Police, veterans, religion or spirituality, reflections on a newspaper article from the Boston Globe, Boston Herald, NY Times, or the NY Post (please include a link to the article), the benefits of counseling and life coaching, gun rights, the judicial system (courts, judges and the jury system) or personal autonomy.

The first 25 entries each week will be reviewed, with $50.00 awarded to the winner, along with a virtual certificate which the winner is free to post to social media. Each winner will be recognized on Keith Ablow’s website and eligible for an annual grand prize of $1,000.00.

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Beginning in 2015, I began publishing a list of ways to improve your life. Last year, as 2019 debuted, I published, “19 ways to improve your life.” The year before that, I published “18 ways to improve your life.” You get the idea. The tradition continues this year, with the addition of No. 20. And, just like last year, I’ve added bits and pieces to some of the 19 earlier items.

New Year’s resolutions often lose their power so quickly and completely that they have become cliché. But there are real, easily achieved ways to positively impact your life beginning this first week of January.

Here’s your cheat sheet of 20 for 2020. They aren’t in any particular order, so you can pick any one to start with.

If you complete just five, you’ll notice a demonstrable improvement in your existence. But if you get through nine of them, you could remake your life.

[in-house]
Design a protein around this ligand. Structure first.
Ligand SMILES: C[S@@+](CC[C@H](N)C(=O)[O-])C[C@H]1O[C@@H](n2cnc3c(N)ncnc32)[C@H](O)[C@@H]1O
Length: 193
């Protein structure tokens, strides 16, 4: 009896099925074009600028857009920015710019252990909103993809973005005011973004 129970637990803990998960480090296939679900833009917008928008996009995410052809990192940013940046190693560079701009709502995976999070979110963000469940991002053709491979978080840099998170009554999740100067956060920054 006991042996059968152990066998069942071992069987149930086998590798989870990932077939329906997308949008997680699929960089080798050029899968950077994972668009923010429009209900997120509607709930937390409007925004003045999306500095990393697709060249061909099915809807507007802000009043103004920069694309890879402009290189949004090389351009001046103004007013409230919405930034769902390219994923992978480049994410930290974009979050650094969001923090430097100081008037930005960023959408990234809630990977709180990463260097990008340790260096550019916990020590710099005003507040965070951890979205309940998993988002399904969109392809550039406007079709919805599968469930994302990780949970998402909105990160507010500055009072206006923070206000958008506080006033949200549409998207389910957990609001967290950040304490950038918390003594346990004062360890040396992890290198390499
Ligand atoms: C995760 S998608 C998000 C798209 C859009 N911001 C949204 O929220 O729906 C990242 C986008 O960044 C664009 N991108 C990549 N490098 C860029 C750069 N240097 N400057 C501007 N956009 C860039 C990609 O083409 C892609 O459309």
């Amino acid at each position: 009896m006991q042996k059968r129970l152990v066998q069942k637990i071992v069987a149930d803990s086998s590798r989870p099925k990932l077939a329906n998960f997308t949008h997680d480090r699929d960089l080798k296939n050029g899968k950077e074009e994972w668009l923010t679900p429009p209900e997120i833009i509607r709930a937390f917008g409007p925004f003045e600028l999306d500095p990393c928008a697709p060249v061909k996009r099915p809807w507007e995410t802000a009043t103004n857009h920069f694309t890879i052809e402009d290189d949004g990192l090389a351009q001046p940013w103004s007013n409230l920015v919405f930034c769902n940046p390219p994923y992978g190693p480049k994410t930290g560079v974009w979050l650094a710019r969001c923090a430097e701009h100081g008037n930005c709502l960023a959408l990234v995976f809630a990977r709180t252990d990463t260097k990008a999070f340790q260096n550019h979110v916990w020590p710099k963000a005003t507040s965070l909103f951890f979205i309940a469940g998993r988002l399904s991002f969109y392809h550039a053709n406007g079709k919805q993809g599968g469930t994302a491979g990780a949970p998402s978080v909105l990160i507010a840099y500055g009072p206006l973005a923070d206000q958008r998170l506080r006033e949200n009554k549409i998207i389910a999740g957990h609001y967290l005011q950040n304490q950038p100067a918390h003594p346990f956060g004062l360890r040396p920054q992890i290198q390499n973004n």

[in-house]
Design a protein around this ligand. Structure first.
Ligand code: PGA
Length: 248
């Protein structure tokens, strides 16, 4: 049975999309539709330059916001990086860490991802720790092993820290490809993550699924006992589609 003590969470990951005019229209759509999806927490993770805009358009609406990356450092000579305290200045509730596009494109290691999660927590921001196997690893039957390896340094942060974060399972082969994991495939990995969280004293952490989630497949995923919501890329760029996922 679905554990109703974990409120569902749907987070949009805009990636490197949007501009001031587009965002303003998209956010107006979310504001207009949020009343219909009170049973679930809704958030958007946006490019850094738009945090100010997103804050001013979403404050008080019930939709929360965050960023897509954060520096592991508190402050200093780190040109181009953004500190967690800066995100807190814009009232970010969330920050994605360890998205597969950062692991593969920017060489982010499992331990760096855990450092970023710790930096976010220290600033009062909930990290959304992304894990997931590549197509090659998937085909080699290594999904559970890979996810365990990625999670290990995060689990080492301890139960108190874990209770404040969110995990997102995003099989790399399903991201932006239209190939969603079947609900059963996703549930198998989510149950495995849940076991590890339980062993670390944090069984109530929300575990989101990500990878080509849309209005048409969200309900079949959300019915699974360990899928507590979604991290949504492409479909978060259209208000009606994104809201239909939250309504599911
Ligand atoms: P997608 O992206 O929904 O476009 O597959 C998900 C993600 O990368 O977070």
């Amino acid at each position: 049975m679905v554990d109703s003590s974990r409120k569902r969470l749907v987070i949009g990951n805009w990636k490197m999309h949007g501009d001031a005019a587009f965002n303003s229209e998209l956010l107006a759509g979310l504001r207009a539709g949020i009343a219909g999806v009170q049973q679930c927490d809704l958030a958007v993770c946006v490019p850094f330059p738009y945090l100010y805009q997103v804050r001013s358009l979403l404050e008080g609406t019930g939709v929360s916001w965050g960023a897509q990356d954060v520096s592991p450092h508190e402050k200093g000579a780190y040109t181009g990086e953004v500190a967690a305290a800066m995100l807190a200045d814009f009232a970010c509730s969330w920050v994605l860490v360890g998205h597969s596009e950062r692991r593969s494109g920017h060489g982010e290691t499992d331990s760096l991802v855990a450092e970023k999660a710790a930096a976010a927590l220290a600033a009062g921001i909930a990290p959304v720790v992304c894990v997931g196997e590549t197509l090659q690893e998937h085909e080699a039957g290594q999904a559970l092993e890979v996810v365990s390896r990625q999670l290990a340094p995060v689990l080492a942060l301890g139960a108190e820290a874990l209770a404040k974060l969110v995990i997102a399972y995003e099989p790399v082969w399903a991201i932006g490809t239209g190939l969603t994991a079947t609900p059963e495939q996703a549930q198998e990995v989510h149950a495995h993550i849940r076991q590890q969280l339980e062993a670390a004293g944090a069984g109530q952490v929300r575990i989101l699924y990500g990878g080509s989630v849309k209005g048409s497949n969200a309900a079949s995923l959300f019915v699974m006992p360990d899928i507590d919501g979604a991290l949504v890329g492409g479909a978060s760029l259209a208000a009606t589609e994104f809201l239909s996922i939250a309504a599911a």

1. Try to recall one dream you had as a kid – whether it was being a poet or a rock drummer or a multimillionaire stock trader – and take just a single step in that direction. So often, the ideas we had as children were good ones, and we abandoned them out of fear. The step in the direction of your childhood dream can be very modest – signing up for a symposium on poetry, scheduling a single drum lesson, or buying a DVD on stock trading. Even just telling two people about your quiet dream can move it forward. Frozen dreams have a way of thawing out rapidly when you warm them just a tiny bit.

You’ve got to expect that your dream might well wrestle with you to remain just a fantasy. We resist our dreams because fully embracing them provokes anxiety – like jumping onto a raft that will take you down thrilling, but heart-stopping rapids. Your dream could argue that you should put it off until later, or that it’s entirely irrational, or that you don’t have the energy or the time or the money to pursue it. Don’t expect to feel great taking the first step in the direction of your dream. Take that step, in spite of your anxiety.

2. Think of your life story, going all the way back to infancy, as an autobiographical book that you can hold in your hands. Now, imagine which page or paragraph you are tempted to tear out and remove from the story. That page or paragraph might be the one that makes you feel profoundly sad or powerless or guilty or ashamed. Next, share it with someone who knows you well but has never heard about that event or phase in your life. Being willing to disclose the events in life we want to turn a blind eye to takes away the power those events have over us.

You can’t be loved unconditionally, especially by yourself, if you think some part of you or what you lived through is too dark to bring into the light.